Hollie Latham Hucker finds out how much preparation and planning was required to capture the iconic Pyramid Stage under the night sky.

Astrophotographer Josh Dury captured this stunning image of the Orion Constellation above the iconic Pyramid Stage at the Glastonbury Festival site earlier this year in January. It was months in the making, with extensive research undertaken, recces and hours of planning.

Capturing this self-portrait has been an aspiration for Josh for quite some time. His passion for the arts makes this legendary location of one of the world’s most well-known music festivals, the ideal backdrop for creating his masterpiece. But to pull it off, he had several elements to consider and careful planning to ensure the stars aligned on the night.

It was during a recce of the site on New Year’s Eve that Josh realised his plans to shoot at his desired location would be far more straightforward than originally anticipated. After stopping to chat to a couple of locals, he eagerly shared his ambitions with them, and they assured him the landowners, Sir Michael and Emily Eavis, encouraged the public to roam freely along the many footpaths across their land. Josh was given the green light. ‘My hopes of being able to capture “Starstruck” were looking more promising.’

Next, Josh had to pinpoint the exact location. ‘I needed to know which direction the “skeleton” of the Pyramid Stage would be in context to the setting of Orion, which is approximately south-west-west. The image had to be timed precisely at the right place and at the right time to capture Orion from this perspective.’

pyramid stage taken at night with stars overhead
Image: Josh Dury

Once Josh was able to visualise the angle of view, he had to tackle his next challenge – the weather and light conditions in the night sky. Unfortunately, the weather throughout January had been abysmal and he had to wait for a clear night with minimal light from the moon. ‘I needed to capture those finer details under as dark as skies as possible. This also needed to be timed with the constellation Orion beginning to set towards the south-west at approximately midnight to 1am.’

When the perfect conditions finally presented themselves, Josh set out with his Sony A7S, Sigma Art 20mm f/1.4 lens, and his Benro Tortoise 24CLV and geared head.

Due to the astronomical nature of the image, the final picture is a composite. The image depicts an area of the night sky known as The Orion Molecular Complex. Josh explains, ‘This region captures faint details that consist of hydrogen-alpha gas emissions that stretch through the Constellation of Orion; including a notable astronomical target, referred to astronomically, as “Barnard’s Loop”.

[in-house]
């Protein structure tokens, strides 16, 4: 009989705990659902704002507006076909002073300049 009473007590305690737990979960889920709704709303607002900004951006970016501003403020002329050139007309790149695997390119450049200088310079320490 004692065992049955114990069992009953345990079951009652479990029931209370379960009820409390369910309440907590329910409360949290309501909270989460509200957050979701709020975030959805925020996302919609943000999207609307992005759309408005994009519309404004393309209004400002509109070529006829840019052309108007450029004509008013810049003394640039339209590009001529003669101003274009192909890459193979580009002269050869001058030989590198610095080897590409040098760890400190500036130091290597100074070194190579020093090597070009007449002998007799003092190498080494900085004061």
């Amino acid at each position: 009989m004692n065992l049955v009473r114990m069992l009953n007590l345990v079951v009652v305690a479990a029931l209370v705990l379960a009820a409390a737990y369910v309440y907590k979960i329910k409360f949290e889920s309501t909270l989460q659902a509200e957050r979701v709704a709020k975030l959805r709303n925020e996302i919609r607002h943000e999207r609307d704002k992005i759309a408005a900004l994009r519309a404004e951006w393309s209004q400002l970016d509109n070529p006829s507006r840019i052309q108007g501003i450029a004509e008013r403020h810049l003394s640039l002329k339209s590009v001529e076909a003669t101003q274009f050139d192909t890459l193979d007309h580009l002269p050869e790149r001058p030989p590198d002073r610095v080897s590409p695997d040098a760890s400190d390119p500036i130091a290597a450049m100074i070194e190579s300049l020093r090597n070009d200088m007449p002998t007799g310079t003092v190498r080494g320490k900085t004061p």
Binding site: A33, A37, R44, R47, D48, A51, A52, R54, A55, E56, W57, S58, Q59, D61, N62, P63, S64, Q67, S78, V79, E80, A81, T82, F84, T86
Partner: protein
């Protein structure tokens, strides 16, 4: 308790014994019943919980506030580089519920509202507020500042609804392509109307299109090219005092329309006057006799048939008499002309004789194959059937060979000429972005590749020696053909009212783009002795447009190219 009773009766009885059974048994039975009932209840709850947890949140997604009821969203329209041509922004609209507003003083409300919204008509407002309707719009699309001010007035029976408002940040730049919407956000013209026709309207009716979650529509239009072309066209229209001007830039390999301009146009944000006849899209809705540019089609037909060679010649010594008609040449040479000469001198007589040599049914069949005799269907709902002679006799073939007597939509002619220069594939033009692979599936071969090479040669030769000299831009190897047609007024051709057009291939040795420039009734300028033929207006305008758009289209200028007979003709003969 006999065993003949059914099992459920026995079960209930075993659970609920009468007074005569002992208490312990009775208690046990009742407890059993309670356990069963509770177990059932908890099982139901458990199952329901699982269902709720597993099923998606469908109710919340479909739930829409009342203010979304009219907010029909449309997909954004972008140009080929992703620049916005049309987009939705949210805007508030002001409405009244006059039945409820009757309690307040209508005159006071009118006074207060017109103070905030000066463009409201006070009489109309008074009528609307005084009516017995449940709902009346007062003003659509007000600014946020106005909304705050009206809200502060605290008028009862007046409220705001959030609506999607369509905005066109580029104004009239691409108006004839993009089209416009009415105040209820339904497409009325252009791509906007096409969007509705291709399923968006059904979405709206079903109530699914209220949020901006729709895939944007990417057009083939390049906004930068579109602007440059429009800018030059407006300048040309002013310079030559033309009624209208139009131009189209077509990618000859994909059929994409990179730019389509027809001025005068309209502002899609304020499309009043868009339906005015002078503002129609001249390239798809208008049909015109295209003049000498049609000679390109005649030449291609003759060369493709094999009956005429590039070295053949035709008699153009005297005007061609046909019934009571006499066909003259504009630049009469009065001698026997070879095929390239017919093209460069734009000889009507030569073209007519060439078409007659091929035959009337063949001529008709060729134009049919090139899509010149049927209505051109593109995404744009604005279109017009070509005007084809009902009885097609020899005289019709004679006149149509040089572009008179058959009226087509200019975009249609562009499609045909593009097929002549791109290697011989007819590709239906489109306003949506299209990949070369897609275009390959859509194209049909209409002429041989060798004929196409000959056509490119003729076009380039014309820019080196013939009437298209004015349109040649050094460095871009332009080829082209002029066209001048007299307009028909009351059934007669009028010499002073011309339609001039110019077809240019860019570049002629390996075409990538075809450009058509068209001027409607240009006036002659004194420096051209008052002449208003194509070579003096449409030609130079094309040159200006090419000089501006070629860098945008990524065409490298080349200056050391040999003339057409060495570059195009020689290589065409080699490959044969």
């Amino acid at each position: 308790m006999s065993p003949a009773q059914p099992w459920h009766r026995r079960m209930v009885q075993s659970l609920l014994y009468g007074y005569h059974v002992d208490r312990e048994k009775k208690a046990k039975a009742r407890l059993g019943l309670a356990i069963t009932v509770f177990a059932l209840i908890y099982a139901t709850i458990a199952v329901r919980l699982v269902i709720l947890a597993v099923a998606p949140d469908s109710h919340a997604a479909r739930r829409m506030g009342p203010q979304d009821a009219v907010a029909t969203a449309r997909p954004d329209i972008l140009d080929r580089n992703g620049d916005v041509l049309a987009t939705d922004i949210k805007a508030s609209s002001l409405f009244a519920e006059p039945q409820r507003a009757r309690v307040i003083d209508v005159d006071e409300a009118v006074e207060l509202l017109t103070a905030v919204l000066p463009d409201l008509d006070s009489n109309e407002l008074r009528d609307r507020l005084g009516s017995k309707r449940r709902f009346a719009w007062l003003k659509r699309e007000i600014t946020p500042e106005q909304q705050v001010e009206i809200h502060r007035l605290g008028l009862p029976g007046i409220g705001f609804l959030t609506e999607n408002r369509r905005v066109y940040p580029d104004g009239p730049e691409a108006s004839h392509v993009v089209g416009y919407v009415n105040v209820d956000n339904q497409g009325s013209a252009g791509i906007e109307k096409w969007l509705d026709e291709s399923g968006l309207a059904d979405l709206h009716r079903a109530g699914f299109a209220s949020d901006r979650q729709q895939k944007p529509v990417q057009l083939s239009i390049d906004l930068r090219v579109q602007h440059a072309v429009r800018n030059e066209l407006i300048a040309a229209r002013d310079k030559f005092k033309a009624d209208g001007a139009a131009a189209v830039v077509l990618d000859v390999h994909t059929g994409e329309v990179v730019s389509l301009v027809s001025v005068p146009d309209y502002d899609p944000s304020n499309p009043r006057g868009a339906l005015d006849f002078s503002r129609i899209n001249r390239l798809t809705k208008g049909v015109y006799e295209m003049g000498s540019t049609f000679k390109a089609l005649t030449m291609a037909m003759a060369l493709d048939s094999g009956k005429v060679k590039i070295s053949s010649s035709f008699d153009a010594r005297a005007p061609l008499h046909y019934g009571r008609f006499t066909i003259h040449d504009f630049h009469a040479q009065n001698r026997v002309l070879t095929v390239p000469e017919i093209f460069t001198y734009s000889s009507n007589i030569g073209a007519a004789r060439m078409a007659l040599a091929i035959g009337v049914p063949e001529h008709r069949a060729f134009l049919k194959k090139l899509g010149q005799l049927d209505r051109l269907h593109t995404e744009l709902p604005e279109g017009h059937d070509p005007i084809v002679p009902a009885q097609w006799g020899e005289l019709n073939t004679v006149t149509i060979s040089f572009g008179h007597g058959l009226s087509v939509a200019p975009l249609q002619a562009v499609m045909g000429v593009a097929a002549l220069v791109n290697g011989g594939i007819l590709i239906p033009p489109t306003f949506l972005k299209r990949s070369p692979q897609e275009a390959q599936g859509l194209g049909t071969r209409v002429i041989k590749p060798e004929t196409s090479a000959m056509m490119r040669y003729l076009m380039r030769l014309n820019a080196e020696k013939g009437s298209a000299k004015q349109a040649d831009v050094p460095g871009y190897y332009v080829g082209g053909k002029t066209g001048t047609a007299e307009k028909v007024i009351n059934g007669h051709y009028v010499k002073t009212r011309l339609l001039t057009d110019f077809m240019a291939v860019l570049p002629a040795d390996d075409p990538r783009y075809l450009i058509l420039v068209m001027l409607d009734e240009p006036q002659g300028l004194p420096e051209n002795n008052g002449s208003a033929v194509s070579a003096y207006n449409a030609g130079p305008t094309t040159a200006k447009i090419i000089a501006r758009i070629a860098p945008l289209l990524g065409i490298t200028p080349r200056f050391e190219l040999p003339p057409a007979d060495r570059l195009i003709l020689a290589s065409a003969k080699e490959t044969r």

These details are just about detectable using unmodified cameras. While some astrophotographers decide to remove the infrared-cut filter from their camera sensors to resolve this detail over long exposures, it can render the warranty of your camera void.’ In this instance, Josh decided to capture what was possible with his camera setup without the need for modification. He continues, ‘This image required extensive exposures, 10 second subs over a 30-minute exposure, in relatively dark skies from the same spot and is documented as a composite for that very purpose.’

The hours of preparation paid off and after a successful shoot Josh can now proudly show off his hard work. His self-portrait was deliberately crafted under the frame of the Pyramid Stage to mimic the many names in music who have passed before, from the likes of Bowie and Dolly Parton to Sir Elton John. Josh says, ‘This image brings together the pyramid that is photography, music and astronomy. Capturing the “King of the Stars” – Orion, as he takes centre stage.’

This self-portrait really is a wonderful celebration of the arts and Josh dedicates it to two of his greatest musical influences, Kate Bush and Grace Jones. Josh says, ‘This is my attempt to reach out to them through the stars to give thanks for what their music has lent to me narratively to craft my images. In the hopes that one day, it will be their turn to take their place on centre stage.’

About Josh Dury

Josh Dury is an award-winning professional landscape astrophotographer, presenter, speaker and writer from the Mendip Hills in Somerset. His work is recognised by major publishing and media outlets, including: NASA, BBC, ITV and CNN amongst others. See more of his work at www.joshduryphoto-media.com

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